Griffin quotes Jackson as saying, “I never was a horror fan. I was too scared.” And yet he watched horror movies, including An American Werewolf in London, perhaps in an attempt to conquer his own fear and assert his own identity against that of his father. Jehovah’s Witnesses are forbidden, or at least strongly discouraged, from watching horror movies, so doing so would have been an act of rebellion for young Michael Jackson.
This certainly explains the attraction of the genre, but why did Jackson insist on being the monster in his own video, rather than the hero? John Landis is quoted (in Griffin’s article) as saying that Jackson “wanted to be turned into a monster, just for fun.” I believe he wanted to play a monster for two reasons. First, the monster in a horror setting always has a position of power, at least for a portion of the story. Jackson felt oppressed and powerless against his father, and even to a degree trapped by his own fame, so the appeal of assuming this powerful role is self-evident.
Second, and I think more unique to Jackson, is that he felt like something of a monster himself, being an outsider even among his own family. According to Griffin, Michael had furnished his bedroom in the Jackson home with five fully dressed female mannequins, which he called his “friends,” and regularly brought Muscles, his pet eight-foot boa constrictor, to the Thriller set as a sort of living security blanket. He was different from others, and he knew it, and everyone around him knew it. He was such a liminal figure in reality that he would surely sympathize with any fictional monster in a similar condition.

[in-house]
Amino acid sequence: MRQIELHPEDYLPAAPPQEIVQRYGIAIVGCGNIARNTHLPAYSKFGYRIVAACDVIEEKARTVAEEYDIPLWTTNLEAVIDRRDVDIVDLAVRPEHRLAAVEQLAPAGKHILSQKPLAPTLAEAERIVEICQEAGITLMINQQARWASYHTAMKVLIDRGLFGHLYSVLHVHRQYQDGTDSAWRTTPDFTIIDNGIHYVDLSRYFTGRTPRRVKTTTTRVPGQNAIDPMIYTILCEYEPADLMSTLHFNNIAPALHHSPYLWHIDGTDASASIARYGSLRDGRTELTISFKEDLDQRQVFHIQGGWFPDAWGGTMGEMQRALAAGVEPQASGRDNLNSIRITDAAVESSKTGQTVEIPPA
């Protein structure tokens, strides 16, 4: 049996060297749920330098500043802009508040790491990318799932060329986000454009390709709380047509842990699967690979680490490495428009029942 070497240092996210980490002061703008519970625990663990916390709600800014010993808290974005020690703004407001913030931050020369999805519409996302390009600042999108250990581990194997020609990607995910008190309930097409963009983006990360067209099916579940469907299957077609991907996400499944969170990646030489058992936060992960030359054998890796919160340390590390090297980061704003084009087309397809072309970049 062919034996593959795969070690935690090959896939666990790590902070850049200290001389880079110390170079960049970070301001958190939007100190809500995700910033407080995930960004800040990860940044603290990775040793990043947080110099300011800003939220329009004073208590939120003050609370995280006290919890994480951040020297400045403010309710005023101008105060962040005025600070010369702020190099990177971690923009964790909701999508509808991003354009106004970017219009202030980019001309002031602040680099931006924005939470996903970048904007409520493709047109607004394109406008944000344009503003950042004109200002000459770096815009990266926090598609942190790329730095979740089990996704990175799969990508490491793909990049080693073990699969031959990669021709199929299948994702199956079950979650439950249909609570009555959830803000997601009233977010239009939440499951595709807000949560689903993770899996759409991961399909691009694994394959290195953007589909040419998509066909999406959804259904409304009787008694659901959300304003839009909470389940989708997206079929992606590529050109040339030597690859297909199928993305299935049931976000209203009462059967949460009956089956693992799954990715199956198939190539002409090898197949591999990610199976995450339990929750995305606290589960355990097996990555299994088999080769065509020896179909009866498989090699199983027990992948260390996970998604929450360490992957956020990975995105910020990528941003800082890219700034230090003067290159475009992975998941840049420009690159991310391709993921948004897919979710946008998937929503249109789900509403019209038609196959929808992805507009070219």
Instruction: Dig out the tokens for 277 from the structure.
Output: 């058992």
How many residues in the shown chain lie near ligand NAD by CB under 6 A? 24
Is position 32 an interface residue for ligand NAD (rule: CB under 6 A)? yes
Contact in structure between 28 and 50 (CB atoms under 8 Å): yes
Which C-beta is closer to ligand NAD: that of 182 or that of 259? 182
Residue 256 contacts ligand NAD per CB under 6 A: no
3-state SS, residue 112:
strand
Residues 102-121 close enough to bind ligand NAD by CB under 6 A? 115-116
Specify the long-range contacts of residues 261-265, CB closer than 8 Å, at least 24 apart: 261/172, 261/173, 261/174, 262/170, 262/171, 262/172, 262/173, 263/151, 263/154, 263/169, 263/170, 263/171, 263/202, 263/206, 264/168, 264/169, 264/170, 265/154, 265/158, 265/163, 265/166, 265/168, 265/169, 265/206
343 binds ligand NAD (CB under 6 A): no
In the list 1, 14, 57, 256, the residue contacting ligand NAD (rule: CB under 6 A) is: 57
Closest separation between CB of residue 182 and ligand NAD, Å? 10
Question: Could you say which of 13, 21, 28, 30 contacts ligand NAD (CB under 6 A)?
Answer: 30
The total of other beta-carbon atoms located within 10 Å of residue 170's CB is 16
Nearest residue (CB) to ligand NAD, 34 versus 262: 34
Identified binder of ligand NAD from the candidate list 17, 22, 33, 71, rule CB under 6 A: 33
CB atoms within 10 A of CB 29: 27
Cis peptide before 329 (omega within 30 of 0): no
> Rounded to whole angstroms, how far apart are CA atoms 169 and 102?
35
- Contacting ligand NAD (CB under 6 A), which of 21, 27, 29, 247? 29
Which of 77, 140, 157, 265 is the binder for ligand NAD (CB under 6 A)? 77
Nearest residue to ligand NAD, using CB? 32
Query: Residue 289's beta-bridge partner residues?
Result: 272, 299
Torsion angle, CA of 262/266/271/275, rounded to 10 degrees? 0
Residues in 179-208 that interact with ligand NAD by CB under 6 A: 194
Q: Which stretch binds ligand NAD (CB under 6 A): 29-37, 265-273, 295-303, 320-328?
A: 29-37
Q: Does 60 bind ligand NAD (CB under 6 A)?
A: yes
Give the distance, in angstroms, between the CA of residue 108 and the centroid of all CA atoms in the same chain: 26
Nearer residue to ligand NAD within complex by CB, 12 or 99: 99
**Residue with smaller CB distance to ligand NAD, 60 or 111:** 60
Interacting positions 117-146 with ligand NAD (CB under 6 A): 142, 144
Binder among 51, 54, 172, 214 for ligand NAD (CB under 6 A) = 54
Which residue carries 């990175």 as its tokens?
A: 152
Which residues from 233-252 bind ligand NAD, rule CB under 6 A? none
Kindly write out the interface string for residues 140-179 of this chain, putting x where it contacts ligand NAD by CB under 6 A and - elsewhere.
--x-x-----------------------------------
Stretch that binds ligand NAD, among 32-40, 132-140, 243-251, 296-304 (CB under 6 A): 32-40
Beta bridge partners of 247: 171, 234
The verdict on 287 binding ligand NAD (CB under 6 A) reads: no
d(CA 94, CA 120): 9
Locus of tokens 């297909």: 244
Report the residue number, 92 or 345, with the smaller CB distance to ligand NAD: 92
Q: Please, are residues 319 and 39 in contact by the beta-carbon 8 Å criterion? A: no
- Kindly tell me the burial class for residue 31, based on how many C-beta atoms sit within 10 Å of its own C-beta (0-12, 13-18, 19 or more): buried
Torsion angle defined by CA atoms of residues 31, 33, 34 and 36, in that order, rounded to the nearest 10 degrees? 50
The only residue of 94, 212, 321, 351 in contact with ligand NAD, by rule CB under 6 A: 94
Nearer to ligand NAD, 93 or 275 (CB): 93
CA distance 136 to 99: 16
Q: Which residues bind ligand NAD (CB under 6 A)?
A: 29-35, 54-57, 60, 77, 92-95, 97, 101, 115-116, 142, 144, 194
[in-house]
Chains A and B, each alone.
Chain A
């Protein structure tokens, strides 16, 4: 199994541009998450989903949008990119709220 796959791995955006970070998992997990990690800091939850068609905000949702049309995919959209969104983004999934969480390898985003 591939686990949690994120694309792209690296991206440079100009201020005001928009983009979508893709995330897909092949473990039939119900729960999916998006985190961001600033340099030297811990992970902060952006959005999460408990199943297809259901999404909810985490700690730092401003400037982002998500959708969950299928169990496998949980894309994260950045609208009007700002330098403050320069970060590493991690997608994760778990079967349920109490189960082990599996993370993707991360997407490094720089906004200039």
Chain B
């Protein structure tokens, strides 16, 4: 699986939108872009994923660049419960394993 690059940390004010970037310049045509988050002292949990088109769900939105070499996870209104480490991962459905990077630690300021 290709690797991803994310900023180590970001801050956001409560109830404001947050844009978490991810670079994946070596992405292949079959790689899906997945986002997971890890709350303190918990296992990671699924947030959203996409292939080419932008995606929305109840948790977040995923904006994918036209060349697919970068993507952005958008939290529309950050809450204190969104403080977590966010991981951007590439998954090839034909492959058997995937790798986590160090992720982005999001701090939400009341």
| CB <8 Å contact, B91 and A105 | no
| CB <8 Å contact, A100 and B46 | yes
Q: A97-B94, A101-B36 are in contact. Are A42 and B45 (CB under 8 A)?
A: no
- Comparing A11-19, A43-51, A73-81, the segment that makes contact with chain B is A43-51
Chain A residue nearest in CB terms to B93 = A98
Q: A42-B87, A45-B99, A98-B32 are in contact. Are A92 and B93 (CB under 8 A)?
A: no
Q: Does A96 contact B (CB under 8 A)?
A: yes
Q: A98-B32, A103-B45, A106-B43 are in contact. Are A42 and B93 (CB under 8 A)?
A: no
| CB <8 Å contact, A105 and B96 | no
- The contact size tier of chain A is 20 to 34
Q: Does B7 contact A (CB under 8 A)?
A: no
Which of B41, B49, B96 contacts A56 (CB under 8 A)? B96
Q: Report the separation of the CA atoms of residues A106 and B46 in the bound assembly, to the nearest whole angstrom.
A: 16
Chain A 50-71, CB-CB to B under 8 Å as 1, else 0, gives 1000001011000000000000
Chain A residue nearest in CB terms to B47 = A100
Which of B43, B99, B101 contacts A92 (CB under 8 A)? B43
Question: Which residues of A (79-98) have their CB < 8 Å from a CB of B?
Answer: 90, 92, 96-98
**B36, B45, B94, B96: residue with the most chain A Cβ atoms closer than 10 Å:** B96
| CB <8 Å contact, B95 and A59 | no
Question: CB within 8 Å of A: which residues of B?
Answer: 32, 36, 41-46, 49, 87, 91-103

Michael Jackson’s career never again reached the heights that it did with Thriller, and the remaining half of his life was troubled and strange. But one thing remains certain: For one brief, shining moment, the lifelong outsider Michael was able to show the world not the monster they thought they already saw, but the monster he wanted them to see.
Copyright © 2012 by Nathan Rosen